You are here
Asian shares tumble as global stocks rout deepens
[HONG KONG] Asian shares slumped on Friday, plunging deeper into the red after weak manufacturing data from China fuelled panic among investors over the clouding outlook for the world economy.
The dollar notched more losses against the euro and yen after minutes from the US Federal Reserve dampened hopes for a rate rise next month, while Asia-Pacific currencies were hit by concerns about regional growth.
Shanghai shares closed down 4.27 per cent, or 156.55 points, at 3,507.74, ending their worst week since 2011 as worries over the flagging economy and the possibility of weaker government support weighed.
China's benchmark index closed at almost exactly the same level as the bottom of a recent market rout on July 8, before Beijing stepped in with a vast rescue package for equities.
Hong Kong fell 1.53 per cent, or 347.85 points, to finish the day at 22,409.62 - its lowest point since May 2014 - taking it into a bear market after a more than 20 percent slump from its April peak.
Tokyo shares fell 2.98 percent, or 597.69 points, to finish at 19,435.83, a more than three-month low and down 5.28 percent on the week.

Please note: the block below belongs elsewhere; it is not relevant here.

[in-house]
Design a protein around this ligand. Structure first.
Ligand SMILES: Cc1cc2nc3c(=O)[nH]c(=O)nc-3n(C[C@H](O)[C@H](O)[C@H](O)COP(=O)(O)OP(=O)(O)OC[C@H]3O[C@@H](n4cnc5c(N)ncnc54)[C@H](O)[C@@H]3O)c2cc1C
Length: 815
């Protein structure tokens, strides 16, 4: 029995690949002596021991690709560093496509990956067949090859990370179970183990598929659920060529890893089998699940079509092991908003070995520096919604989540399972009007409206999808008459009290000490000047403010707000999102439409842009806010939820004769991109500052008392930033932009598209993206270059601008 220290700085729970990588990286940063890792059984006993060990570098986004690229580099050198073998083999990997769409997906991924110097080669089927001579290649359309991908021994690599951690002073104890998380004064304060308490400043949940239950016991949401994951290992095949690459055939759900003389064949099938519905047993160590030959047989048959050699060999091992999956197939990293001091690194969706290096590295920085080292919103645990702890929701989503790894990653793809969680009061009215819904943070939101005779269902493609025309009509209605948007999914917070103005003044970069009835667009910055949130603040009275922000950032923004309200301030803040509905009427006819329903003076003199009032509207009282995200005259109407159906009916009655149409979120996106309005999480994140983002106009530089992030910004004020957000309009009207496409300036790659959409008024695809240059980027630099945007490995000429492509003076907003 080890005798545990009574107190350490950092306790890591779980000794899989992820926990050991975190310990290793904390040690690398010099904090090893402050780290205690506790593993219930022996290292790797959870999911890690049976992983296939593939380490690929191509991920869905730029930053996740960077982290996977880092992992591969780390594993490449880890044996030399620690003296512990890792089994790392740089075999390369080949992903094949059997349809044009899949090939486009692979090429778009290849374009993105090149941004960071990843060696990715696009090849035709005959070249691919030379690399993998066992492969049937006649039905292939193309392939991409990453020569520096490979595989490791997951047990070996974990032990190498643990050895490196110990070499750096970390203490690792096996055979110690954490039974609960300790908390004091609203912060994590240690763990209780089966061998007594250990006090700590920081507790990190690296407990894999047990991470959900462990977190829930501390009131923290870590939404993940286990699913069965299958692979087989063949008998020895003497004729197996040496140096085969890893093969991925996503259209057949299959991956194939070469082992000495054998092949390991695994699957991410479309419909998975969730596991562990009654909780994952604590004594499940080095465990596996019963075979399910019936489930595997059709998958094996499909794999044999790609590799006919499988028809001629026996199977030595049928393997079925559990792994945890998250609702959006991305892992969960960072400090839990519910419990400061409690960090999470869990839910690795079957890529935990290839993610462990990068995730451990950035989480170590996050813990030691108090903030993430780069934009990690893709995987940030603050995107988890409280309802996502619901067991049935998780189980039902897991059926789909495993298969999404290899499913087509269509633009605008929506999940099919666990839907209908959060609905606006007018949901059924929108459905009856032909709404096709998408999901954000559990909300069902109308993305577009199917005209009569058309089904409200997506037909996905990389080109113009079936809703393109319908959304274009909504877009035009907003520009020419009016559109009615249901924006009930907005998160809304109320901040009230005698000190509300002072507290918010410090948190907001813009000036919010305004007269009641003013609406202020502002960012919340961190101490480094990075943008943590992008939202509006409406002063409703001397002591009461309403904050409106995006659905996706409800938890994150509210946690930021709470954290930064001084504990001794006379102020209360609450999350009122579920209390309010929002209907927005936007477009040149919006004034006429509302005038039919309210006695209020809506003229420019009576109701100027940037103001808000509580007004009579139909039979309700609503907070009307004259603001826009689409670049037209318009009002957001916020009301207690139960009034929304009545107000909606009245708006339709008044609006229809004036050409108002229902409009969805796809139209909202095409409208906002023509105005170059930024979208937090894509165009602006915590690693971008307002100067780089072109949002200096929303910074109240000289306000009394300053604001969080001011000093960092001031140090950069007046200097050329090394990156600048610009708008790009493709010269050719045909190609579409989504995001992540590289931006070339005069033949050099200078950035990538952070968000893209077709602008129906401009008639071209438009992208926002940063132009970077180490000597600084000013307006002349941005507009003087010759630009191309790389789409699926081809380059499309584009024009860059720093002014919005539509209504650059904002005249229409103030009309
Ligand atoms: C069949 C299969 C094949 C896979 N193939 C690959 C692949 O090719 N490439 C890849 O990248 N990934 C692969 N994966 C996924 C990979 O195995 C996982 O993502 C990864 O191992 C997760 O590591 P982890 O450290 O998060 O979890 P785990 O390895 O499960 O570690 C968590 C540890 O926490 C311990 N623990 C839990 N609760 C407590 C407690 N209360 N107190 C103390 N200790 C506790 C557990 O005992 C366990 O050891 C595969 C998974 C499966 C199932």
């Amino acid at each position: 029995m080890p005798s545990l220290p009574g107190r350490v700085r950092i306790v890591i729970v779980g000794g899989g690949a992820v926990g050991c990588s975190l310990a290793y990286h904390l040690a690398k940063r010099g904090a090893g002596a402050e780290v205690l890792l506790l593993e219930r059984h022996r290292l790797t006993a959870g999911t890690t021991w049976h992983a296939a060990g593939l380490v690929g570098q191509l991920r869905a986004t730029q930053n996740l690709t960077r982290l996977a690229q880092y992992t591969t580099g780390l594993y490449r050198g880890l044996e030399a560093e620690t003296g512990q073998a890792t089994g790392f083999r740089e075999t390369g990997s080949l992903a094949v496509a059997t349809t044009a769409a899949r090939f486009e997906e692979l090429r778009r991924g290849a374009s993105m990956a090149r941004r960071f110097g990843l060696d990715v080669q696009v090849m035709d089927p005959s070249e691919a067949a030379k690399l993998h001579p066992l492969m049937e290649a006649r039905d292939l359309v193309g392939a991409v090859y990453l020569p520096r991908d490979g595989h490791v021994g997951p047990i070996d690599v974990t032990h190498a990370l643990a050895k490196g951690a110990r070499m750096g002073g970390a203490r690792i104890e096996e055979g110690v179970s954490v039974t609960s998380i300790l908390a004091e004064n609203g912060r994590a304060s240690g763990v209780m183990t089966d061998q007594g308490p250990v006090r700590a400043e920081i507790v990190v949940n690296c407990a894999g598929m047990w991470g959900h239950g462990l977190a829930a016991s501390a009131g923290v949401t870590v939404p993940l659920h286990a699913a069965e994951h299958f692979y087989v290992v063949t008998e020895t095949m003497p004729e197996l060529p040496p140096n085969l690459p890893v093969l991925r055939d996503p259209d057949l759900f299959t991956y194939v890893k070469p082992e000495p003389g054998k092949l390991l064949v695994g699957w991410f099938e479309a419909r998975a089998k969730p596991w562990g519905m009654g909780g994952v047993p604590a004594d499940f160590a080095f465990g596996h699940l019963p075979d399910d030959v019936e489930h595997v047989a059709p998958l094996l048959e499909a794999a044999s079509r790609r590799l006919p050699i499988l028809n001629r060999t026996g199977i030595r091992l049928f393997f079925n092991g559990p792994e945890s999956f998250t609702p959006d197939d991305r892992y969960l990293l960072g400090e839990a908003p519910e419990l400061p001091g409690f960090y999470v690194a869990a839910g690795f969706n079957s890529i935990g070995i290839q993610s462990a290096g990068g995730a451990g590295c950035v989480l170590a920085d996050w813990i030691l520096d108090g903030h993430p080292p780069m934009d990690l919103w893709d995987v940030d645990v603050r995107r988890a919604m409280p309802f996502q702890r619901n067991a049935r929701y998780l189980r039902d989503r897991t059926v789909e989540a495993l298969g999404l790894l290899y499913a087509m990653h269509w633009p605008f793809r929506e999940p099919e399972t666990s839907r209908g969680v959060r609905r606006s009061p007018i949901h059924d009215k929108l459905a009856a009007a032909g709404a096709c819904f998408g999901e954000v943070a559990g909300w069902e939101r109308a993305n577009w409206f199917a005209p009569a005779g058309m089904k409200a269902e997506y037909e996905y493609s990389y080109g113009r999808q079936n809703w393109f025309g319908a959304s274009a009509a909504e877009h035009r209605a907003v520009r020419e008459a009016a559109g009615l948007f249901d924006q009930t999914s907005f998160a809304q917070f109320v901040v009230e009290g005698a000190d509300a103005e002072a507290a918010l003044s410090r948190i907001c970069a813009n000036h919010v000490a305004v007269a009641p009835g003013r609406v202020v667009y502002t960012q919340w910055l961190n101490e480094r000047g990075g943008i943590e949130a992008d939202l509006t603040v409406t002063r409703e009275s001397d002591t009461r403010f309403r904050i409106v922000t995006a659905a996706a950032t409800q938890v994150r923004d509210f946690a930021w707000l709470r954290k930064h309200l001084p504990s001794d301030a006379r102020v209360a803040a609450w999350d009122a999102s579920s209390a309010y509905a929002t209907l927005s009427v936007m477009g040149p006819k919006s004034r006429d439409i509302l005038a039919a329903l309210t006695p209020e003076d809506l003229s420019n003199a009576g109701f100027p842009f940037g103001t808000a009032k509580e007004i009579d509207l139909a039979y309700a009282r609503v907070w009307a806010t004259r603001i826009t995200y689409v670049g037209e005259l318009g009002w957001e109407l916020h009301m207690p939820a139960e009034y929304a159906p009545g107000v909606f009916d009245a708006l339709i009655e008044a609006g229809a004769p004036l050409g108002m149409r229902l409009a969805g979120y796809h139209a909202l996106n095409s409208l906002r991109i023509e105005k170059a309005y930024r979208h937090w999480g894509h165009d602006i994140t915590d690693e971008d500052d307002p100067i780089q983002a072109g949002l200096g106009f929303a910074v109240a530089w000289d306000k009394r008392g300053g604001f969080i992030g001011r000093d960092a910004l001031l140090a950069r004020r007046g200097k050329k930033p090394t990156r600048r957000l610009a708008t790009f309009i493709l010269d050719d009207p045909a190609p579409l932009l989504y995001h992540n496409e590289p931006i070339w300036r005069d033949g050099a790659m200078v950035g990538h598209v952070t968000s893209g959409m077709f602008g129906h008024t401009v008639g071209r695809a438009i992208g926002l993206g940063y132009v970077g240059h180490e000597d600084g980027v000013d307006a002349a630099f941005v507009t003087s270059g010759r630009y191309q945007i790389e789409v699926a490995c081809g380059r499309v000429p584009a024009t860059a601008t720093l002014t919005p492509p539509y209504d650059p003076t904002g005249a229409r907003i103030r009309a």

Seoul fell 2.01 per cent, or 38.48 points, to 1,876.07 as tensions climbed with North Korea, and Sydney dropped 1.40 percent, or 73.98 points, to close at 5,214.60.
"It seems like we're seeing the makings of the 1997 Asian financial crisis all over, with emerging-market currencies plunging," Nicholas Teo, a strategist at CMC Markets in Singapore, told Bloomberg News.
"China's knock-on effect on the rest of the world is huge and China's deepening economic slowdown will have an impact for the next couple of months or so." Asia got a negative lead from Wall Street after US shares sank more than 2.0 per cent Thursday, with the Dow dropping to its lowest level for 2015.
Gold gained as investors looked for safer bets, rising to US$1,150.67 in Asia compared to US$1,138.80 late Thursday.
Market sentiment has nosedived since China's central bank devalued its currency last week in a surprise move widely seen as aimed at boosting the country's flagging exports.
Stoking concerns, the preliminary reading of Caixin's Purchasing Managers' Index (PMI) came in at 47.1 this month, its worst reading since March 2009 and significantly below analysts' forecasts.
"Global markets are in panic mode as the full scale of China's slowdown becomes clearer and the market pricing for a Fed September rate hike is unwound," said Angus Nicholson at IG Markets.
"China's currency devaluation, further stock market declines, and now another weak PMI appear to have put it front-and-centre in investors' minds." Commodity shares continued their slide as concerns about a slowdown in China, the world's top importer of industrial metals and energy, continued to weigh.
A slump in raw materials prices has wiped off some US$2 trillion from commodity stocks since the middle of last year.